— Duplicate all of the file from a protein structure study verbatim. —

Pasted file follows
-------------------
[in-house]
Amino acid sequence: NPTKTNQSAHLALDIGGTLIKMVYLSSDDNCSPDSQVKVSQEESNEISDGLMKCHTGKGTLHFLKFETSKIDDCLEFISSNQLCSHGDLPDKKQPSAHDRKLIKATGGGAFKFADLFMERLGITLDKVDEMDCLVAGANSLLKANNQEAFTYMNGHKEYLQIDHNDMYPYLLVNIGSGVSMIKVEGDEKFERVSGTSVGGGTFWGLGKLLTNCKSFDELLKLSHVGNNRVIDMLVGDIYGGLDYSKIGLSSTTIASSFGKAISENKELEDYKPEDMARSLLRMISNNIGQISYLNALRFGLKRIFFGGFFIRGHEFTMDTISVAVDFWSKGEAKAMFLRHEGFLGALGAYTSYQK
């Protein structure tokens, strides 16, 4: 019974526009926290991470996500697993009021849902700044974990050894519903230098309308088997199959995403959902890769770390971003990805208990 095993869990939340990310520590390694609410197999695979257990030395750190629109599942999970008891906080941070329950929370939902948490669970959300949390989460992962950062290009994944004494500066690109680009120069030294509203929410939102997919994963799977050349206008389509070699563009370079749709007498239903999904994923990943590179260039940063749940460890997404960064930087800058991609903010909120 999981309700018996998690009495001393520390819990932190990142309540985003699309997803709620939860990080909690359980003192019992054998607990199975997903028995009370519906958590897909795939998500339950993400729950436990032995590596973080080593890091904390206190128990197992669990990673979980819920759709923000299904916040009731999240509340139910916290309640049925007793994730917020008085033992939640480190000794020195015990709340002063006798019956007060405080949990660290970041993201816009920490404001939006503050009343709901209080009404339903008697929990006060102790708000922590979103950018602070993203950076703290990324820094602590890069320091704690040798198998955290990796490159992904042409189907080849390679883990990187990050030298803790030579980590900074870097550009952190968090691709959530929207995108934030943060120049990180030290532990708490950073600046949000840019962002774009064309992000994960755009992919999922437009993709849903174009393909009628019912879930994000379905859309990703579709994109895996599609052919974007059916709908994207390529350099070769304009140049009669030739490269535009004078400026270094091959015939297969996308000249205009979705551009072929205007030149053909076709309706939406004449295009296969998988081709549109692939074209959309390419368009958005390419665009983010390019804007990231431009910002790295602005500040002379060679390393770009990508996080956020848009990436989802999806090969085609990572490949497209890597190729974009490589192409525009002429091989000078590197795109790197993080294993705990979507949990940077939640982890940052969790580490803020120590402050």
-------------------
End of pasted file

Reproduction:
[in-house]
Amino acid sequence: NPTKTNQSAHLALDIGGTLIKMVYLSSDDNCSPDSQVKVSQEESNEISDGLMKCHTGKGTLHFLKFETSKIDDCLEFISSNQLCSHGDLPDKKQPSAHDRKLIKATGGGAFKFADLFMERLGITLDKVDEMDCLVAGANSLLKANNQEAFTYMNGHKEYLQIDHNDMYPYLLVNIGSGVSMIKVEGDEKFERVSGTSVGGGTFWGLGKLLTNCKSFDELLKLSHVGNNRVIDMLVGDIYGGLDYSKIGLSSTTIASSFGKAISENKELEDYKPEDMARSLLRMISNNIGQISYLNALRFGLKRIFFGGFFIRGHEFTMDTISVAVDFWSKGEAKAMFLRHEGFLGALGAYTSYQK
């Protein structure tokens, strides 16, 4: 019974526009926290991470996500697993009021849902700044974990050894519903230098309308088997199959995403959902890769770390971003990805208990 095993869990939340990310520590390694609410197999695979257990030395750190629109599942999970008891906080941070329950929370939902948490669970959300949390989460992962950062290009994944004494500066690109680009120069030294509203929410939102997919994963799977050349206008389509070699563009370079749709007498239903999904994923990943590179260039940063749940460890997404960064930087800058991609903010909120 999981309700018996998690009495001393520390819990932190990142309540985003699309997803709620939860990080909690359980003192019992054998607990199975997903028995009370519906958590897909795939998500339950993400729950436990032995590596973080080593890091904390206190128990197992669990990673979980819920759709923000299904916040009731999240509340139910916290309640049925007793994730917020008085033992939640480190000794020195015990709340002063006798019956007060405080949990660290970041993201816009920490404001939006503050009343709901209080009404339903008697929990006060102790708000922590979103950018602070993203950076703290990324820094602590890069320091704690040798198998955290990796490159992904042409189907080849390679883990990187990050030298803790030579980590900074870097550009952190968090691709959530929207995108934030943060120049990180030290532990708490950073600046949000840019962002774009064309992000994960755009992919999922437009993709849903174009393909009628019912879930994000379905859309990703579709994109895996599609052919974007059916709908994207390529350099070769304009140049009669030739490269535009004078400026270094091959015939297969996308000249205009979705551009072929205007030149053909076709309706939406004449295009296969998988081709549109692939074209959309390419368009958005390419665009983010390019804007990231431009910002790295602005500040002379060679390393770009990508996080956020848009990436989802999806090969085609990572490949497209890597190729974009490589192409525009002429091989000078590197795109790197993080294993705990979507949990940077939640982890940052969790580490803020120590402050």